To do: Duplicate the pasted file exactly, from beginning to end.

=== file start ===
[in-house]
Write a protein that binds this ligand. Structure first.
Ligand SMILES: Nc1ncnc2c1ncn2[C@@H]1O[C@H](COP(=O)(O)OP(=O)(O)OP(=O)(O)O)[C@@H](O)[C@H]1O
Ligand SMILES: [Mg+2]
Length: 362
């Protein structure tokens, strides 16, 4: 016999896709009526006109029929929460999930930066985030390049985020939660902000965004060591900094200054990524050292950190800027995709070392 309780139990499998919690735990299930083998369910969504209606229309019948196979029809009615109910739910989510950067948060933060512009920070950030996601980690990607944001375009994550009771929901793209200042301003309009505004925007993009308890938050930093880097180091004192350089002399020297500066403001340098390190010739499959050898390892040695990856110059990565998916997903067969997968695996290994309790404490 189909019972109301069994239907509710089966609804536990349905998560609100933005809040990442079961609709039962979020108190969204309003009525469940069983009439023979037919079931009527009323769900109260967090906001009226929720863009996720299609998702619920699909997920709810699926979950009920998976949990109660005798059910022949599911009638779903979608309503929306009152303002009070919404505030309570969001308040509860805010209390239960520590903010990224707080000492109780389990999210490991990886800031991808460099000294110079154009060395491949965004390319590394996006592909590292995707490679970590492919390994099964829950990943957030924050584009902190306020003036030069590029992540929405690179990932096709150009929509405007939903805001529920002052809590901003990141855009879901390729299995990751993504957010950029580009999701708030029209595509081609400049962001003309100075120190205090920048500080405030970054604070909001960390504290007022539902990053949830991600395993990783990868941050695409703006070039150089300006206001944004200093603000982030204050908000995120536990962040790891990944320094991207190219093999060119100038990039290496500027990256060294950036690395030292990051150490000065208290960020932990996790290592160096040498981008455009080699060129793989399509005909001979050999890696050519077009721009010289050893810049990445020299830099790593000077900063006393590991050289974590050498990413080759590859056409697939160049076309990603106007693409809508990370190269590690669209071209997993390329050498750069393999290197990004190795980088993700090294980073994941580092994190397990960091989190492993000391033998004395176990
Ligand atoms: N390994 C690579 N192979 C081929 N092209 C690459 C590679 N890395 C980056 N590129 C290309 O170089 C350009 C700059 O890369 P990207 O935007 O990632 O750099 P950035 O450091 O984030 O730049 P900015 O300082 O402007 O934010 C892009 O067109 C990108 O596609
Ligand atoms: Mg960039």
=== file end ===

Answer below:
[in-house]
Write a protein that binds this ligand. Structure first.
Ligand SMILES: Nc1ncnc2c1ncn2[C@@H]1O[C@H](COP(=O)(O)OP(=O)(O)OP(=O)(O)O)[C@@H](O)[C@H]1O
Ligand SMILES: [Mg+2]
Length: 362
């Protein structure tokens, strides 16, 4: 016999896709009526006109029929929460999930930066985030390049985020939660902000965004060591900094200054990524050292950190800027995709070392 309780139990499998919690735990299930083998369910969504209606229309019948196979029809009615109910739910989510950067948060933060512009920070950030996601980690990607944001375009994550009771929901793209200042301003309009505004925007993009308890938050930093880097180091004192350089002399020297500066403001340098390190010739499959050898390892040695990856110059990565998916997903067969997968695996290994309790404490 189909019972109301069994239907509710089966609804536990349905998560609100933005809040990442079961609709039962979020108190969204309003009525469940069983009439023979037919079931009527009323769900109260967090906001009226929720863009996720299609998702619920699909997920709810699926979950009920998976949990109660005798059910022949599911009638779903979608309503929306009152303002009070919404505030309570969001308040509860805010209390239960520590903010990224707080000492109780389990999210490991990886800031991808460099000294110079154009060395491949965004390319590394996006592909590292995707490679970590492919390994099964829950990943957030924050584009902190306020003036030069590029992540929405690179990932096709150009929509405007939903805001529920002052809590901003990141855009879901390729299995990751993504957010950029580009999701708030029209595509081609400049962001003309100075120190205090920048500080405030970054604070909001960390504290007022539902990053949830991600395993990783990868941050695409703006070039150089300006206001944004200093603000982030204050908000995120536990962040790891990944320094991207190219093999060119100038990039290496500027990256060294950036690395030292990051150490000065208290960020932990996790290592160096040498981008455009080699060129793989399509005909001979050999890696050519077009721009010289050893810049990445020299830099790593000077900063006393590991050289974590050498990413080759590859056409697939160049076309990603106007693409809508990370190269590690669209071209997993390329050498750069393999290197990004190795980088993700090294980073994941580092994190397990960091989190492993000391033998004395176990
Ligand atoms: N390994 C690579 N192979 C081929 N092209 C690459 C590679 N890395 C980056 N590129 C290309 O170089 C350009 C700059 O890369 P990207 O935007 O990632 O750099 P950035 O450091 O984030 O730049 P900015 O300082 O402007 O934010 C892009 O067109 C990108 O596609
Ligand atoms: Mg960039």